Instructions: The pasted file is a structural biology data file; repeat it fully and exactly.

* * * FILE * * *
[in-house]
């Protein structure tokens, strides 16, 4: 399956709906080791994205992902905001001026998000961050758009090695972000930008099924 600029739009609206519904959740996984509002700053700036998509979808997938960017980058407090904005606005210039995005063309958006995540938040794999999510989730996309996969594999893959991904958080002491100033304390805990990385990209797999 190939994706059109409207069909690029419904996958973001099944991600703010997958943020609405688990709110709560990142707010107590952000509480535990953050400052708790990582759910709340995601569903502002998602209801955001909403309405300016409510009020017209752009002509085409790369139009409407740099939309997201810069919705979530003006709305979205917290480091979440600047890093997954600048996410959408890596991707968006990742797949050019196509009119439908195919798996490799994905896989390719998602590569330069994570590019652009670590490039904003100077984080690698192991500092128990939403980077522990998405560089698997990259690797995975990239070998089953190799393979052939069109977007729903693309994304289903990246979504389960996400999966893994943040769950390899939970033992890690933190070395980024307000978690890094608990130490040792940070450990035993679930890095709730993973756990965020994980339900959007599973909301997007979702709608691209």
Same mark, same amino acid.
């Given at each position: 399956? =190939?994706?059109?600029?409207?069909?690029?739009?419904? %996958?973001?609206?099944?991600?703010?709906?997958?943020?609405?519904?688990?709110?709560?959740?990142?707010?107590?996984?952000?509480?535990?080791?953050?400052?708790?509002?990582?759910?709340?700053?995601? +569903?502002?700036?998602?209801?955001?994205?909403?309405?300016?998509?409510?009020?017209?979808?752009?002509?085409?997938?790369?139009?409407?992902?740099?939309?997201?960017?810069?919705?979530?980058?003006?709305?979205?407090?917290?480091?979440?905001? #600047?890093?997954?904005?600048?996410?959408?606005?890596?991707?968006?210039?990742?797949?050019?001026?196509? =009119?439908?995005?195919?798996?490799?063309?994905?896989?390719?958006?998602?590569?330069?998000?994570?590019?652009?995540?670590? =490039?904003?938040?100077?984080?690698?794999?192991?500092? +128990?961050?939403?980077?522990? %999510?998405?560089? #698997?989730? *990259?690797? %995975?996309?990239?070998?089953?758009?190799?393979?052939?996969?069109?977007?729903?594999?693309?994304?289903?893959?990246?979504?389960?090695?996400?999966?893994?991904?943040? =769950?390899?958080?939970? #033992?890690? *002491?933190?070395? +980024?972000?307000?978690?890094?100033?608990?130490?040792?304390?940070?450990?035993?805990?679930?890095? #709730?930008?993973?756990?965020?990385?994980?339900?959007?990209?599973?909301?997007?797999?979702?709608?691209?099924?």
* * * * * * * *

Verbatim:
[in-house]
């Protein structure tokens, strides 16, 4: 399956709906080791994205992902905001001026998000961050758009090695972000930008099924 600029739009609206519904959740996984509002700053700036998509979808997938960017980058407090904005606005210039995005063309958006995540938040794999999510989730996309996969594999893959991904958080002491100033304390805990990385990209797999 190939994706059109409207069909690029419904996958973001099944991600703010997958943020609405688990709110709560990142707010107590952000509480535990953050400052708790990582759910709340995601569903502002998602209801955001909403309405300016409510009020017209752009002509085409790369139009409407740099939309997201810069919705979530003006709305979205917290480091979440600047890093997954600048996410959408890596991707968006990742797949050019196509009119439908195919798996490799994905896989390719998602590569330069994570590019652009670590490039904003100077984080690698192991500092128990939403980077522990998405560089698997990259690797995975990239070998089953190799393979052939069109977007729903693309994304289903990246979504389960996400999966893994943040769950390899939970033992890690933190070395980024307000978690890094608990130490040792940070450990035993679930890095709730993973756990965020994980339900959007599973909301997007979702709608691209």
Same mark, same amino acid.
């Given at each position: 399956? =190939?994706?059109?600029?409207?069909?690029?739009?419904? %996958?973001?609206?099944?991600?703010?709906?997958?943020?609405?519904?688990?709110?709560?959740?990142?707010?107590?996984?952000?509480?535990?080791?953050?400052?708790?509002?990582?759910?709340?700053?995601? +569903?502002?700036?998602?209801?955001?994205?909403?309405?300016?998509?409510?009020?017209?979808?752009?002509?085409?997938?790369?139009?409407?992902?740099?939309?997201?960017?810069?919705?979530?980058?003006?709305?979205?407090?917290?480091?979440?905001? #600047?890093?997954?904005?600048?996410?959408?606005?890596?991707?968006?210039?990742?797949?050019?001026?196509? =009119?439908?995005?195919?798996?490799?063309?994905?896989?390719?958006?998602?590569?330069?998000?994570?590019?652009?995540?670590? =490039?904003?938040?100077?984080?690698?794999?192991?500092? +128990?961050?939403?980077?522990? %999510?998405?560089? #698997?989730? *990259?690797? %995975?996309?990239?070998?089953?758009?190799?393979?052939?996969?069109?977007?729903?594999?693309?994304?289903?893959?990246?979504?389960?090695?996400?999966?893994?991904?943040? =769950?390899?958080?939970? #033992?890690? *002491?933190?070395? +980024?972000?307000?978690?890094?100033?608990?130490?040792?304390?940070?450990?035993?805990?679930?890095? #709730?930008?993973?756990?965020?990385?994980?339900?959007?990209?599973?909301?997007?797999?979702?709608?691209?099924?």